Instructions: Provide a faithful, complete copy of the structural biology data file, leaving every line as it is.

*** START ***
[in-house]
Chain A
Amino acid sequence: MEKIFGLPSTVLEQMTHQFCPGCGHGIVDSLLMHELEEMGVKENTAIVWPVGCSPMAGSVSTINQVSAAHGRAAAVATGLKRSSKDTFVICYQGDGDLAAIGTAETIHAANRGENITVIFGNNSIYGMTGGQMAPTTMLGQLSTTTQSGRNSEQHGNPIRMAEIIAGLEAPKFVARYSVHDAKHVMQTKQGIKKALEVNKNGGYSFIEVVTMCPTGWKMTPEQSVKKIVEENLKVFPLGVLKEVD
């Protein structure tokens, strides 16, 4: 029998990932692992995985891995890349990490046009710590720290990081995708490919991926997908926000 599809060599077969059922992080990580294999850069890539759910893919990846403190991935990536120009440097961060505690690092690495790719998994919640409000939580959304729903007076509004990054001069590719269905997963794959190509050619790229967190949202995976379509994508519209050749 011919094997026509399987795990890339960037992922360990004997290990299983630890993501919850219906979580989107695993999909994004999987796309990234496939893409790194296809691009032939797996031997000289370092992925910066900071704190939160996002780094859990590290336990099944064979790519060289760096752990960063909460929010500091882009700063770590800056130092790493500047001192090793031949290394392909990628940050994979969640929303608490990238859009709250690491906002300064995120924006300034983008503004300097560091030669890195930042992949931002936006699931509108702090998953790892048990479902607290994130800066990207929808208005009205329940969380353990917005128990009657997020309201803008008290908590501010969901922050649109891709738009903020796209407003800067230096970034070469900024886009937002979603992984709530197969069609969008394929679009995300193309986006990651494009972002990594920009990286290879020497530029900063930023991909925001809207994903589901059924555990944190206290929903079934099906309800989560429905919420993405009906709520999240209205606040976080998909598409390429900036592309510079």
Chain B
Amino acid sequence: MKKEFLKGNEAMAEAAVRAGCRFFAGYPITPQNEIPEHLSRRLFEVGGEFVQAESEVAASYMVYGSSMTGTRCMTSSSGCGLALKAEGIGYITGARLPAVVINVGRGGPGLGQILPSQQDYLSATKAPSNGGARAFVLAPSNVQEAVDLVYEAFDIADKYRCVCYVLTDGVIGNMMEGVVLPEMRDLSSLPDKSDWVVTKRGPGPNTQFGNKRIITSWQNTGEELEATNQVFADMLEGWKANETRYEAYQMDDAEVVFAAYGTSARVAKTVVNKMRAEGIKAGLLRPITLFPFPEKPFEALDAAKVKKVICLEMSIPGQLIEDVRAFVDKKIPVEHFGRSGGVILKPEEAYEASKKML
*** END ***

[in-house]
Chain A
Amino acid sequence: MEKIFGLPSTVLEQMTHQFCPGCGHGIVDSLLMHELEEMGVKENTAIVWPVGCSPMAGSVSTINQVSAAHGRAAAVATGLKRSSKDTFVICYQGDGDLAAIGTAETIHAANRGENITVIFGNNSIYGMTGGQMAPTTMLGQLSTTTQSGRNSEQHGNPIRMAEIIAGLEAPKFVARYSVHDAKHVMQTKQGIKKALEVNKNGGYSFIEVVTMCPTGWKMTPEQSVKKIVEENLKVFPLGVLKEVD
């Protein structure tokens, strides 16, 4: 029998990932692992995985891995890349990490046009710590720290990081995708490919991926997908926000 599809060599077969059922992080990580294999850069890539759910893919990846403190991935990536120009440097961060505690690092690495790719998994919640409000939580959304729903007076509004990054001069590719269905997963794959190509050619790229967190949202995976379509994508519209050749 011919094997026509399987795990890339960037992922360990004997290990299983630890993501919850219906979580989107695993999909994004999987796309990234496939893409790194296809691009032939797996031997000289370092992925910066900071704190939160996002780094859990590290336990099944064979790519060289760096752990960063909460929010500091882009700063770590800056130092790493500047001192090793031949290394392909990628940050994979969640929303608490990238859009709250690491906002300064995120924006300034983008503004300097560091030669890195930042992949931002936006699931509108702090998953790892048990479902607290994130800066990207929808208005009205329940969380353990917005128990009657997020309201803008008290908590501010969901922050649109891709738009903020796209407003800067230096970034070469900024886009937002979603992984709530197969069609969008394929679009995300193309986006990651494009972002990594920009990286290879020497530029900063930023991909925001809207994903589901059924555990944190206290929903079934099906309800989560429905919420993405009906709520999240209205606040976080998909598409390429900036592309510079």
Chain B
Amino acid sequence: MKKEFLKGNEAMAEAAVRAGCRFFAGYPITPQNEIPEHLSRRLFEVGGEFVQAESEVAASYMVYGSSMTGTRCMTSSSGCGLALKAEGIGYITGARLPAVVINVGRGGPGLGQILPSQQDYLSATKAPSNGGARAFVLAPSNVQEAVDLVYEAFDIADKYRCVCYVLTDGVIGNMMEGVVLPEMRDLSSLPDKSDWVVTKRGPGPNTQFGNKRIITSWQNTGEELEATNQVFADMLEGWKANETRYEAYQMDDAEVVFAAYGTSARVAKTVVNKMRAEGIKAGLLRPITLFPFPEKPFEALDAAKVKKVICLEMSIPGQLIEDVRAFVDKKIPVEHFGRSGGVILKPEEAYEASKKML